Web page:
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Seeing the river through the trees: using cottonwood dendrochronology to reconstruct river dynamics in the Upper Missouri River Basin




Schook, Derek Michael, author
Rathburn, Sara, advisor
Friedman, Jonathan, committee member
Wohl, Ellen, committee member
Covino, Tim, committee member
Denning, Scott, committee member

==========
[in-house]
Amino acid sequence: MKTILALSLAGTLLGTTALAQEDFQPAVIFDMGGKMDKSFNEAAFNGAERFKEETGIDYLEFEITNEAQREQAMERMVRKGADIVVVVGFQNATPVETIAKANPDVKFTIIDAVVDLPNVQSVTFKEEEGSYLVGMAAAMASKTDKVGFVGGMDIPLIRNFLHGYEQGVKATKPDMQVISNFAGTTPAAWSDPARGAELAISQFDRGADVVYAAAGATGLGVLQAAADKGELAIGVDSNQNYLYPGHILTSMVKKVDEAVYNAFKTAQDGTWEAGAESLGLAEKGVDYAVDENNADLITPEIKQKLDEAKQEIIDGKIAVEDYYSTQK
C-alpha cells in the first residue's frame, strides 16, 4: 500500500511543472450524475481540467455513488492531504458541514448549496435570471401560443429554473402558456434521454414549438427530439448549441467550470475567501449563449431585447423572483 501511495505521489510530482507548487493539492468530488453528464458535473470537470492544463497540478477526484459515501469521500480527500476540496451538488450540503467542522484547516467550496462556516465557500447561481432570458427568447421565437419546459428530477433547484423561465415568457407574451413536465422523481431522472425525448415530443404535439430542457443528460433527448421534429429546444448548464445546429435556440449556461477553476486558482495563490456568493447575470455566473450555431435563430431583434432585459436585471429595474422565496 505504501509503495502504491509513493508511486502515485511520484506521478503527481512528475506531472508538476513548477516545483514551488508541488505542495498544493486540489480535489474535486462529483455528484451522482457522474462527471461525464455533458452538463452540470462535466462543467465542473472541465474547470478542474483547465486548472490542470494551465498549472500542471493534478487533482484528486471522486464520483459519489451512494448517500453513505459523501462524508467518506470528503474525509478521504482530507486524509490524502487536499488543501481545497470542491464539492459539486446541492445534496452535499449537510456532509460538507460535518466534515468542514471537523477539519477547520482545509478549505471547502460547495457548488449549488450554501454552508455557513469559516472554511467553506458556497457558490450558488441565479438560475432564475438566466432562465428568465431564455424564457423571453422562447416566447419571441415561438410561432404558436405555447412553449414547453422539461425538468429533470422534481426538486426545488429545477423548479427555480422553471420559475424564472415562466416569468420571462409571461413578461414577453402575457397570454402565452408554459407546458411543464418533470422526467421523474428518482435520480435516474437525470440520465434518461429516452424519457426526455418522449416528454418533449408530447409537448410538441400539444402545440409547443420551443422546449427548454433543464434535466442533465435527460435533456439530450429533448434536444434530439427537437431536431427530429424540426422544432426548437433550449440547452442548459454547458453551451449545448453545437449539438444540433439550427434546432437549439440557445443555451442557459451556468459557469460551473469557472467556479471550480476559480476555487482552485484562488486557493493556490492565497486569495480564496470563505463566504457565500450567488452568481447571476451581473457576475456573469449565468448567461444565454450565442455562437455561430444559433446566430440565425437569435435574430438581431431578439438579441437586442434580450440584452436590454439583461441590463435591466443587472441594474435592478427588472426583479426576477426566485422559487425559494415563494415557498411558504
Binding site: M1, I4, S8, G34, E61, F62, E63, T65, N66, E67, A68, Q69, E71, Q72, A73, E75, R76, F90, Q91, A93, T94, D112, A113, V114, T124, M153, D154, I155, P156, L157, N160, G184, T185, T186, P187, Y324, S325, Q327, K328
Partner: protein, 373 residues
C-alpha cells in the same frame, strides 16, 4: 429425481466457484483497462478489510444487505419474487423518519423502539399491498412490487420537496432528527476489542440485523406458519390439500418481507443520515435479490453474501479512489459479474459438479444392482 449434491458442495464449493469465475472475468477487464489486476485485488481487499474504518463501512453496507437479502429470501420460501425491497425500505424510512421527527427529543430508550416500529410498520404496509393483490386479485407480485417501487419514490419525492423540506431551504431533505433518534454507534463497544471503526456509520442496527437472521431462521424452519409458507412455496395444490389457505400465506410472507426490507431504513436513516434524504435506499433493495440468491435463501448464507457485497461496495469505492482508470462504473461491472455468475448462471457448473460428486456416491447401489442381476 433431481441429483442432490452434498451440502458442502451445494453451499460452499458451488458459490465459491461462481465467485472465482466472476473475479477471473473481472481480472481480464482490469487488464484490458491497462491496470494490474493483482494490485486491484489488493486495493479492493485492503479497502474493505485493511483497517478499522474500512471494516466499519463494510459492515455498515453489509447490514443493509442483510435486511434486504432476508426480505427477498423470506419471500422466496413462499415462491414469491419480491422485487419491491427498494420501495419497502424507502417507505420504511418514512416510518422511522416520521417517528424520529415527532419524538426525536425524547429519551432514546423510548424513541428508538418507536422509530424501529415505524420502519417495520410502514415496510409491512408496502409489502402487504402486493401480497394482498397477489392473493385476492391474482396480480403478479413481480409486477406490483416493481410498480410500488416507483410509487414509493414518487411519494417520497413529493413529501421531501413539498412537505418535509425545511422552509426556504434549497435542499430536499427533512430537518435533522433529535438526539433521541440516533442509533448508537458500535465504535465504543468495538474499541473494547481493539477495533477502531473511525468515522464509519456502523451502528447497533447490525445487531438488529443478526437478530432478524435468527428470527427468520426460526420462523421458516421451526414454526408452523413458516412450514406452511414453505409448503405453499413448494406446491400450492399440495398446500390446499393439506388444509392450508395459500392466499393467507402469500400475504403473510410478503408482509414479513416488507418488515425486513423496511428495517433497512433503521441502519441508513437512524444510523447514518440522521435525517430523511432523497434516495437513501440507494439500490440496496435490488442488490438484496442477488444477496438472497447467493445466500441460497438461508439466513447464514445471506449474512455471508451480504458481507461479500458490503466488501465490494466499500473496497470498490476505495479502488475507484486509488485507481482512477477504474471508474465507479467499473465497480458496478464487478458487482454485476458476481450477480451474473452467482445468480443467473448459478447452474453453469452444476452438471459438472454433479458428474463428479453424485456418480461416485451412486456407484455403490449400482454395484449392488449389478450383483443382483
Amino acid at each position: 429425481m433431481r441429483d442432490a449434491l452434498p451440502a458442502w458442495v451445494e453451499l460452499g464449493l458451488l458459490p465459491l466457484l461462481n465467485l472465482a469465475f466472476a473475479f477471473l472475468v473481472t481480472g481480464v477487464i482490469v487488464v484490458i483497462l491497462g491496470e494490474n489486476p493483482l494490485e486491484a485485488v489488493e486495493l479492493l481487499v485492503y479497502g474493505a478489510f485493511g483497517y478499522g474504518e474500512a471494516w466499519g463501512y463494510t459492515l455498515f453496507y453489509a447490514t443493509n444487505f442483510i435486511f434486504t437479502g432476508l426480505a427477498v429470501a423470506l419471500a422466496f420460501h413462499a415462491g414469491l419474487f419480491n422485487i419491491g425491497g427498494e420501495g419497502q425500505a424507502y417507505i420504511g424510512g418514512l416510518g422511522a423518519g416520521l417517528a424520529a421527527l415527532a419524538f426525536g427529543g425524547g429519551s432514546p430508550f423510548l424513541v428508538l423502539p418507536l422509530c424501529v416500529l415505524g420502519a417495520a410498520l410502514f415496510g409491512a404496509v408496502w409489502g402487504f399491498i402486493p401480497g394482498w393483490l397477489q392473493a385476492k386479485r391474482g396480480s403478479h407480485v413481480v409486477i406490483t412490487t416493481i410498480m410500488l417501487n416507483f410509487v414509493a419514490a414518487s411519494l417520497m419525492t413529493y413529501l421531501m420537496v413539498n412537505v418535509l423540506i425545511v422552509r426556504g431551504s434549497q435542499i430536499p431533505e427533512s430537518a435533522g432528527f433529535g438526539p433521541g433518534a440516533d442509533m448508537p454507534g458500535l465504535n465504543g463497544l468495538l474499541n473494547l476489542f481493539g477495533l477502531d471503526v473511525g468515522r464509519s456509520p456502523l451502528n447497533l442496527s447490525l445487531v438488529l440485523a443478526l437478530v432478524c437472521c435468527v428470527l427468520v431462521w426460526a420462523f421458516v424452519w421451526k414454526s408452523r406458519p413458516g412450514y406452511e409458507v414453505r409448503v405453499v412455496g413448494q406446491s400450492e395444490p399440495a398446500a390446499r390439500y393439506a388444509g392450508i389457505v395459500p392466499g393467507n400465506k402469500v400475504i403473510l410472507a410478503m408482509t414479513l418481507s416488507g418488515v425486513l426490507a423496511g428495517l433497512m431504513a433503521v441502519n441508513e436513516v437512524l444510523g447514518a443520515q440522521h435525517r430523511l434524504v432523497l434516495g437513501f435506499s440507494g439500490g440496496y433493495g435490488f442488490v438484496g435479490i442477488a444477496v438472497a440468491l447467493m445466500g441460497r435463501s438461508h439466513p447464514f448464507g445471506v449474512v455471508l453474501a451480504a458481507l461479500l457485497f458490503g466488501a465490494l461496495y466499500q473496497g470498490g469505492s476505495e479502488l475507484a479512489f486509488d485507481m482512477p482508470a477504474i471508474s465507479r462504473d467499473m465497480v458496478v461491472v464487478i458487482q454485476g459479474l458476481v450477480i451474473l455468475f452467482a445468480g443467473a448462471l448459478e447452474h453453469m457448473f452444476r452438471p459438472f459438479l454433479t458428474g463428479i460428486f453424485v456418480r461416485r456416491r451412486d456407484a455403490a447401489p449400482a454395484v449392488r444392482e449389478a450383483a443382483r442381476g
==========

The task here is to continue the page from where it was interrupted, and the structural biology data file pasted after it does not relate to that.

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Understanding the past is critical to preparing for the future, especially regarding rivers where extreme events and gradual changes underlie modern forms and processes. Both biological and human communities rely on the abundant resources provided by rivers and floodplains, particularly in dry regions of the western U.S. where water limits growth. To expand temporal perspectives on river processes, I reconstructed flow, channel migration, and riparian forest growth patterns in the Upper Missouri River Basin. Flow reconstructions typically use tree rings from montane conifers. However, I used riparian plains cottonwoods (Populus deltoides ssp. monilifera) directly connected to the alluvial water table to reconstruct flow on the Yellowstone (n = 389 tree cores), Powder (n = 408), and Little Missouri Rivers (n = 643). A two-curve Regional Curve Standardization approach was used to remove age-related growth trends from tree rings at each site. The flow reconstructions explained 57-58% of the variance in historical discharge and extended back to 1742, 1729, and 1643, respectively. Low-frequency flow patterns revealed wet conditions from 1870 to 1980, a period that includes the majority of the historical record. Two 19th century droughts (1816-1823 and 1861-1865) and one pluvial (1826-1829) were more severe than any recorded, revealing that risks are underestimated when using the instrumental period alone. These are the first flow reconstructions for the Lower Yellowstone and Powder Rivers, and they are the farthest downstream among Rocky Mountain rivers east of the Continental Divide. Cottonwood-based flow reconstructions were possible because the trees used river-connected groundwater, and tree ring width strongly correlated with March-June flow magnitude at the Yellowstone River (r = 0.69). Beyond the site-level growth patterns typically used to reconstruct flow, I found that biological and spatial characteristics affected how individual trees responded to flow and climate. Older trees contained stronger signals of non-growing season flow, precipitation, and temperature, which challenges the common dendrochronological assumption of stable tree ring-climate relationships through time. Although trees both near and far from the channel were better correlated to spring flow than precipitation, more distant trees had a stronger relative connection to precipitation, suggesting that greater distance decreases the ability of river water to fulfill transpirative demands. Like annual growth, cottonwood establishment is related to river flows, and tree age indicated fluvial processes including channel migration. I quantified nearly two centuries of channel migration on the Powder River by integrating measured channel cross-sections (1975-2014), air photos (1939-2013), and transects of aged cottonwoods (1830-2014). The combined data revealed that channel migration rates were lower (0.81 m/yr) in the recent and intensively studied cross-section period compared to the longer air photo (1.52 m/yr) and cottonwood (1.62 m/yr) periods. On the Powder River, extreme floods such as those in 1923 and 1978 increase subsequent channel migration rates and initiate decades of channel morphological adjustments. Across the study rivers, data indicate that fundamental fluvial processes have responded to climatic and watershed pressures. By identifying and quantifying past events, diverse research approaches improve understanding of the river, floodplain, and riparian forest processes that are essential to the persistence of these valuable ecosystems.


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